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Who is Responsible for Sales Compensation?

March 9, 2023
March 21, 2023

Over a company’s lifetime, the person or team responsible for sales compensation will likely change multiple times. 

In the early days of a company, it’s common for commission payouts to be calculated based on proximity to sensitive pay information and the company’s sales data. That could be a sales operations manager who knows the CRM data like the back of their hand, a finance person who tracks sales goals for reporting, or an accountant who’s good with spreadsheets and already knows all the payroll numbers. 

As companies mature, the sales compensation process improves. Still, the owner of this program frequently stays in one of these teams — revenue operations, finance, and accounting — based on their legacy experience. Different roles and teams bring different skill sets and strengths, so sales compensation ownership varies from company to company.

According to a sample of our customer data, as companies grow, the leverage of their operations teams grows, and the number of payees per ops person grows significantly. On the other hand, smaller companies have more ops personnel relative to payees. This is likely because operations roles are less specialized at smaller companies. — Jacob Sperry, VP of Business Operations & Strategy, CaptivateIQ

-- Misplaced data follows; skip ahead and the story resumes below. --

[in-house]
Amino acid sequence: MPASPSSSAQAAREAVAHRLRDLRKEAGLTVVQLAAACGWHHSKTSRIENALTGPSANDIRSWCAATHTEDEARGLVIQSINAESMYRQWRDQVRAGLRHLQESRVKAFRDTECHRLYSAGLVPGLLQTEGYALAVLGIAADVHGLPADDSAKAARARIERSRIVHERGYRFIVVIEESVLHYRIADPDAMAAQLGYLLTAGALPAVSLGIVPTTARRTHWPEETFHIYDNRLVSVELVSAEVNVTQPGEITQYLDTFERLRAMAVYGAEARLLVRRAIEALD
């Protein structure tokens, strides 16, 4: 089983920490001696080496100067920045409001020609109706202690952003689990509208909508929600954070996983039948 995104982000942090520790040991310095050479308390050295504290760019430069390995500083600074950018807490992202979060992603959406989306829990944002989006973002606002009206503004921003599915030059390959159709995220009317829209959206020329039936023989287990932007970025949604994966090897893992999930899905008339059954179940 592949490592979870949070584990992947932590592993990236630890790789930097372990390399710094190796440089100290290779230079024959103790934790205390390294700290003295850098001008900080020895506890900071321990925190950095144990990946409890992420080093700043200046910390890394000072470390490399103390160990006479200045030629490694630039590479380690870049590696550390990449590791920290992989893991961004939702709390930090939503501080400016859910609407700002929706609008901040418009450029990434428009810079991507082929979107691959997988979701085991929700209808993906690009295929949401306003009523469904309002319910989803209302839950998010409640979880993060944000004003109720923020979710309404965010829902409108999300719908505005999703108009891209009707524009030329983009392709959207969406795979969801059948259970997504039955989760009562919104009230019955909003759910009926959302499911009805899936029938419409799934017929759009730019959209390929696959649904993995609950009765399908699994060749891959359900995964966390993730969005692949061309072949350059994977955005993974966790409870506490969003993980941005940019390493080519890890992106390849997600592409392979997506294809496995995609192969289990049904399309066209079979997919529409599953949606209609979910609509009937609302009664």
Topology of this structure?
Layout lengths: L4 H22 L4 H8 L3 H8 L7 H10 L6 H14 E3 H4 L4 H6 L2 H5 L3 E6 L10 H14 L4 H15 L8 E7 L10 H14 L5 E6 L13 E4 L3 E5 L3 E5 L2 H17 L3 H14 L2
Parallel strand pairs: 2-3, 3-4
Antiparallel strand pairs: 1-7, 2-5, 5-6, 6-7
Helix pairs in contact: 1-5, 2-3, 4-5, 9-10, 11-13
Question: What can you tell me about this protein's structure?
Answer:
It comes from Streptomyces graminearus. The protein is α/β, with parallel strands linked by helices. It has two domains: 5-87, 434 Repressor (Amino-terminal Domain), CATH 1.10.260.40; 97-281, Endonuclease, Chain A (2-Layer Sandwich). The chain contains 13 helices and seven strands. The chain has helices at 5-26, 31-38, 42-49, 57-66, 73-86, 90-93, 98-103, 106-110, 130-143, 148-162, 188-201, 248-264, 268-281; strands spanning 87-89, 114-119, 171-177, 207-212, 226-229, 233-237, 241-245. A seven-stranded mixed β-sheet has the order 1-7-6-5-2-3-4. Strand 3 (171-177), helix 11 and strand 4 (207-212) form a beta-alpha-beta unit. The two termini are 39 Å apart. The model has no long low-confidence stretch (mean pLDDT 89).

In this article, we’ll explore who owns sales compensation administration today and, more importantly, who should be the owner of this mission-critical process.

What processes makeup sales compensation administration? 

For anyone who’s managed and administered a sales compensation program — that is, ensuring plan participants’ payouts are calculated promptly and accurately — you know all too well that commission operations cover so much more than calculating payouts and letting the payroll team know before their deadline. 

Managing a sales compensation program is no easy feat. From target setting to designing plans to facilitating payment approvals on statements, it's a complex and time-consuming process that requires diligence and accuracy. We can simplify this unruly process into five key tasks, or process inputs, that will power reliable payout calculations for everyone involved.

  1. Set overall sales targets
  2. Set individual sales targets
  3. Set individual compensation ranges
  4. Design sales compensation plans
  5. Administer compensation plans (process commission calculations)
A flow chart illustrating how five key sales compensation tasks work together to determine payouts.
It is precisely the breadth of these inputs to the actual plan calculation that result in the administrator of compensation plans sitting on so many different teams at a company. Since there are so many parties involved in the process, where the calculation is performed can be a natural appendage to different teams. — Jacob Sperry, VP of Business Operations & Strategy, CaptivateIQ

Who are the people who most often perform each sales compensation task?

As we indicated earlier, the sales compensation process is a complex operation that often requires collaboration between sales leadership, sales operations, finance and accounting, and people/talent teams. This table shows the most common owners across these five tasks — based on a sample of our customers.

Source: CaptivateIQ

Where are the areas of greatest involvement from different teams?